• Modifying dir.w3.org to collect, collate and display distributed directory information using the current platform

People who have expressed interest: Bernadette Hyland, Ivan Herman

WebPlatform.org


Making the multilingual web work

Building in and on the Social Web: Best and Worst Practices

    • Instead of just talking about how we can plug "Social" into existing applications or build upon current Social platforms, let's *get* social. Bring your powerpoint (or slidy) karaoke, lightning talks, mad libs (fill in the blanks with "social") to kick-start a serious conversation about where standards can help the Social Web.
    • Proposed by Wendy Seltzer

Digital marketing and the Web

    • Considering a series of Workshops in 2013 starting with the interoperability of digital marketing across OWP-supported devices. Karen Myers to organize.
    • Karen notes we will want to avoid scheduling simultaneously Digital Publishing and Digital Marketing.

Digital Publishing and the Web

Organizer: Ivan Herman

The publishing industry at large is undergoing a major change as a result of the Internet and the Web. These shifts include changes on what is being published, how the published material is presented to the consumer, what support and what format the published information is produced on, what the new business models are, what is the role of search engines, libraries, electronic catalogs, electronic archives in a new, modern era of publishing, etc.

Answers to these challenges are are not yet settled by the industry and are subject of ongoing discussions. One general fact is, however, that the publishing industry has become one of the major users of the W3C standards, i.e., of the Open Web Platform, of a Web of Data, etc. But publishing is not only a consumer of W3C standards: it is also primary player on the Web and hence a major source of feedback on the technologies in terms of requirements.

W3C is considering playing a more active role in this area, in cooperation with all the other stakeholders, organizations, and of course commercial entities in this area.

    • Considering a series of workshops: ebooks, publishing workflow for now; possibly journal/magazine publishing, scientific publishing, and metadata at some later stage.
    • Ivan Herman to organize. See if Markus Gyilling available.

Performance

    • In advance of Web Performance Workshop, organized by Tobie Langel and (we hope) Paul Bakaus.
    • Include a piece on net-friendly applications (or perhaps a different session)?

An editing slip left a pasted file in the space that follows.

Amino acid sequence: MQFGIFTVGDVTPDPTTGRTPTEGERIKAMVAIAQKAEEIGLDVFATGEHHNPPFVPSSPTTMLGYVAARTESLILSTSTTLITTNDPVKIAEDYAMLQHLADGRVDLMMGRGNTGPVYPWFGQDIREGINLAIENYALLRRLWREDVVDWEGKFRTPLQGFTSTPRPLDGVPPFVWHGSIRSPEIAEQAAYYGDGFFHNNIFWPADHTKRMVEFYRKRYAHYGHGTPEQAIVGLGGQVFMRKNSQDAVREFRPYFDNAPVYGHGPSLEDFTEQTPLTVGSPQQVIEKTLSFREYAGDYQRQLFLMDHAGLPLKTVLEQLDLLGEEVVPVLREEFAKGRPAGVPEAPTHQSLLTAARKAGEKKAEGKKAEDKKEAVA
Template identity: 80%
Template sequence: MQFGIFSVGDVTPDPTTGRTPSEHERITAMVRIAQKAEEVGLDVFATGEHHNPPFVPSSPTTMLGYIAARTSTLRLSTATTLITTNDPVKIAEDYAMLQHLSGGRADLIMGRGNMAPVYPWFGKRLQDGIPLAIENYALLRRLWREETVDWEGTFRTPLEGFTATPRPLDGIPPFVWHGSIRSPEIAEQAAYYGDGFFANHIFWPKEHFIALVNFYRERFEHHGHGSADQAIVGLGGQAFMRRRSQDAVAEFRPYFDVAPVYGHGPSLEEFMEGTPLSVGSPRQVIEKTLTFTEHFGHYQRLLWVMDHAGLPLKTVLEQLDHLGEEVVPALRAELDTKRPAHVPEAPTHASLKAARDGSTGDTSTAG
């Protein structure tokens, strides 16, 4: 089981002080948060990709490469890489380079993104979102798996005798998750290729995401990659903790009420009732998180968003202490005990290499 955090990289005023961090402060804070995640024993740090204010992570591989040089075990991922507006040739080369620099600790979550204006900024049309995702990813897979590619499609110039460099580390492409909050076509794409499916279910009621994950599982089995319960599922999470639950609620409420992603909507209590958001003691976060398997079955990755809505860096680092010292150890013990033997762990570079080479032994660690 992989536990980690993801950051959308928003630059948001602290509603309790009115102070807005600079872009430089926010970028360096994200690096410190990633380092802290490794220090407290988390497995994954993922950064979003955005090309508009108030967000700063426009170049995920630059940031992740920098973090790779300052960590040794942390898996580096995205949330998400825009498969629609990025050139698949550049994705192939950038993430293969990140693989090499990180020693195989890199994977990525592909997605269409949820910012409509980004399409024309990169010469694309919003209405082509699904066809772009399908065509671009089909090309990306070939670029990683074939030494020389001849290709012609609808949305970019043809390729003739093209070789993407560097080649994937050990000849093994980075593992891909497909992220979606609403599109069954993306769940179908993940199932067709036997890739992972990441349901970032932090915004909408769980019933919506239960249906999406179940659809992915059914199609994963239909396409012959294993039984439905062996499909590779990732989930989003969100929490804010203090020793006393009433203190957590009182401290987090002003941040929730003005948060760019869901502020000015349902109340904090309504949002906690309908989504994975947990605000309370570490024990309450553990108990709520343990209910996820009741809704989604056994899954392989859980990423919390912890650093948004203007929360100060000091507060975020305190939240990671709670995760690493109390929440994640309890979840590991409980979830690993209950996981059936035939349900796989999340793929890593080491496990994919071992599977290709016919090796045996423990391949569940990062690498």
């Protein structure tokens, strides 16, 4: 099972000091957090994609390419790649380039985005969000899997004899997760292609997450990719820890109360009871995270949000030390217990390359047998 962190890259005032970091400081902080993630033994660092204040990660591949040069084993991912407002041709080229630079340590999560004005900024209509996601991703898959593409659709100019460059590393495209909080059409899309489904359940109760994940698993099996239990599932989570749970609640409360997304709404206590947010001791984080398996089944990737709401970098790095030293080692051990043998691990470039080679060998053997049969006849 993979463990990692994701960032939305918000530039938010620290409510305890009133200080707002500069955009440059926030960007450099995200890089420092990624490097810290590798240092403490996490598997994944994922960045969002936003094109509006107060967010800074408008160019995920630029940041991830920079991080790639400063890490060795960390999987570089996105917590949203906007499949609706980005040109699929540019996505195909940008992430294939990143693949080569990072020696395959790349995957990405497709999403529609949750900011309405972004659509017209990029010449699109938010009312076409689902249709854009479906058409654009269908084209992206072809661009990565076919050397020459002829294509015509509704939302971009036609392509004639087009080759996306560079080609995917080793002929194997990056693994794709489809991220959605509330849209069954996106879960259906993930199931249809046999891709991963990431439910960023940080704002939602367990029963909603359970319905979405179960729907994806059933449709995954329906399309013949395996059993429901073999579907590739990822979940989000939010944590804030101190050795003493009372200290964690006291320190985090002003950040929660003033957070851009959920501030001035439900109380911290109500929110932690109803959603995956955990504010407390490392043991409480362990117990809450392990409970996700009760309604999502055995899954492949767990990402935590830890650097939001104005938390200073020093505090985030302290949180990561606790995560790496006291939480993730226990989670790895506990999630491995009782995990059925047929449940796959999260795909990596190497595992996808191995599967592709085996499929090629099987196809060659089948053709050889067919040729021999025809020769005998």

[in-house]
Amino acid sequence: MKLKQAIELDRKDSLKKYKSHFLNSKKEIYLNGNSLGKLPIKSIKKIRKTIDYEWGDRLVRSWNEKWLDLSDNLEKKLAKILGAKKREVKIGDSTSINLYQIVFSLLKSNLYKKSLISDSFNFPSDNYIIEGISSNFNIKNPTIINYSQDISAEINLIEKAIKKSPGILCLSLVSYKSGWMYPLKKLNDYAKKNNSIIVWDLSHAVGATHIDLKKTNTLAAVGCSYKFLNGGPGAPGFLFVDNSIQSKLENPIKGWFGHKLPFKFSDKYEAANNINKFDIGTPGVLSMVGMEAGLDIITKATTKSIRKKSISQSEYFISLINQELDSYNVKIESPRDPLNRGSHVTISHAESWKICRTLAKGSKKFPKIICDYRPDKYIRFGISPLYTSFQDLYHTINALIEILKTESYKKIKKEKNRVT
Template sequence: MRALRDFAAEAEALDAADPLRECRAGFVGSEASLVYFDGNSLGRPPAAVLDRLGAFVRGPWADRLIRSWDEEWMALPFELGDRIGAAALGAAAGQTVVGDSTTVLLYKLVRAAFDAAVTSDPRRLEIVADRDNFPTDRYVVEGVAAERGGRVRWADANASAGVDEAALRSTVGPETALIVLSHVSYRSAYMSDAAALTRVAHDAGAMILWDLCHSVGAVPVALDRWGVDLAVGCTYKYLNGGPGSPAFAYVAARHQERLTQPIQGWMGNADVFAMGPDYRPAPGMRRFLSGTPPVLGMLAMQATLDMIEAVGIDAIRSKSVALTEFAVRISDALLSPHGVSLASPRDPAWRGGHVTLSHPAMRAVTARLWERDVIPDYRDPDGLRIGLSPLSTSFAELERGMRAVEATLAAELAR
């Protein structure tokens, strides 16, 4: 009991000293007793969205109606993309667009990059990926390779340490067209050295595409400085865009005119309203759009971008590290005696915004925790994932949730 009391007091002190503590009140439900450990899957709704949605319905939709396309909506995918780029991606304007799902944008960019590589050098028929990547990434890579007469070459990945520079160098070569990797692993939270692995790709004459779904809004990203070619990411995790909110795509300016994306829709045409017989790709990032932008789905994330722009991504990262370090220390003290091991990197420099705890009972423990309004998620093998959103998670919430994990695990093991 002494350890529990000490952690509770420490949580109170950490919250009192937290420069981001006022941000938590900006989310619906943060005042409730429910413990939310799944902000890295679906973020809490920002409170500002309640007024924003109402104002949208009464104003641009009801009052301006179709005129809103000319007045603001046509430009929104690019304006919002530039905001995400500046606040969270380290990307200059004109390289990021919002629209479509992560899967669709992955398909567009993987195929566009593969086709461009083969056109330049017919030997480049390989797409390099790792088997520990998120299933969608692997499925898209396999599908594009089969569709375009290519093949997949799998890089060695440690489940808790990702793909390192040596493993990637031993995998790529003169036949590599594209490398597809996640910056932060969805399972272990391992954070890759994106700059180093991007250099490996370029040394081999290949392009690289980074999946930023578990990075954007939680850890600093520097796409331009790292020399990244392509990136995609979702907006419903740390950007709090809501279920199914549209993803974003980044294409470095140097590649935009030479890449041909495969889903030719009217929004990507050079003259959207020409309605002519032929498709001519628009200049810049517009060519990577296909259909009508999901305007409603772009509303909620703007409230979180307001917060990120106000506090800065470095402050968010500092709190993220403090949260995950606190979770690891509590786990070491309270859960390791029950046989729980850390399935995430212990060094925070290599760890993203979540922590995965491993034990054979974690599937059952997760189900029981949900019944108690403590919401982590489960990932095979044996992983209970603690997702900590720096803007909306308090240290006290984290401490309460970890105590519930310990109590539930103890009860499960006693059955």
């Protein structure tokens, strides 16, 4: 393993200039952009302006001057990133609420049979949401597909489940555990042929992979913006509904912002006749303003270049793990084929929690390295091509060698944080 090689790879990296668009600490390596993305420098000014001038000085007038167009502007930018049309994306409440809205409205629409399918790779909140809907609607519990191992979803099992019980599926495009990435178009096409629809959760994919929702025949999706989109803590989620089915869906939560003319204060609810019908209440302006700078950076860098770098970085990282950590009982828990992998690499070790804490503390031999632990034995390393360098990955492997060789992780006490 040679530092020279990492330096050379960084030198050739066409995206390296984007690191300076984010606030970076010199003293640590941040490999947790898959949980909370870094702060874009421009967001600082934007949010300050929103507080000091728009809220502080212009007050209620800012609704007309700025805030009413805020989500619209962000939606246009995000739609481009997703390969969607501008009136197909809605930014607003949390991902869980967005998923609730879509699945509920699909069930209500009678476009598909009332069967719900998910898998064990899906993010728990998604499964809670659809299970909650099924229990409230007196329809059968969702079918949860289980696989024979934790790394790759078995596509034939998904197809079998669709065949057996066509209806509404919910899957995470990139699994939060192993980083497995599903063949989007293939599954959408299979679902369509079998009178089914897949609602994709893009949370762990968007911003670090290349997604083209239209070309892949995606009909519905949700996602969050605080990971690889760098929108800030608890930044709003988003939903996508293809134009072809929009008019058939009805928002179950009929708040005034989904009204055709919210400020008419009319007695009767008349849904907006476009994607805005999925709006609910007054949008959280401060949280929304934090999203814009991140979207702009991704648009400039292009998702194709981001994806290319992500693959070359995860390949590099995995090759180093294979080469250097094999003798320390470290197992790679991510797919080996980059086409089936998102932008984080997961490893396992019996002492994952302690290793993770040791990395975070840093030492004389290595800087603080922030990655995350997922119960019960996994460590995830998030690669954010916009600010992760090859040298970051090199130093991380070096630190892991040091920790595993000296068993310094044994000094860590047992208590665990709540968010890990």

Is user agent Fingerprinting a lost cause?

Proposer: Brad Hill

As more features and functionality are added to the Web browser, the more risks we create in terms of privacy and security. As user agent complexity increases, and as they expose more "native" variation in the underlying platform, so does their ability to be uniquely identified (and users tracked) through capability analysis.

The EFF's Panopticlick project already tracks ~60 bits of identifying information available in the typical user agent and certainly a more determined effort could find more, in addition to information available through lower-layer technologies like TCP or side-channels like JavaScript performance profiling.

What responsibility do W3C WG's have to make their technologies passive-privacy friendly, and how is that to be balanced with discoverability and usability?

Topics:

    • Is preventing fingerprinting a lost cause in the general purpose web user agent?
    • Where is the bar on trackability? Life-critical anonymity for political dissidents is different in what we can and must promise vs. "casual" anonymity for e.g. advertising
    • Lessons from Do Not Track on technical vs. policy-driven approaches
    • Lessons from anonymous / incognito browser modes
    • Should specs provide standard defaults for anonymous / incognito / Tor browser modes?

People who have expressed interest: Dominique Hazael-Massieux, Wendy Seltzer, Stefan Hakansson

Sessions You Volunteer to Do: "Chair Track"

We've invented this idea of a "Chair track". Not set in stone.

How to chair

I (chaals) volunteer to run a single session on effective ways to manage a meeting. This is an action item from the AB, anyway. Agenda:

    1. get volunteer co-chair
    2. brainstorm techniques
    3. review/select techniques
    4. review chairing process

Interested: Henry Story, Bernadette Hyland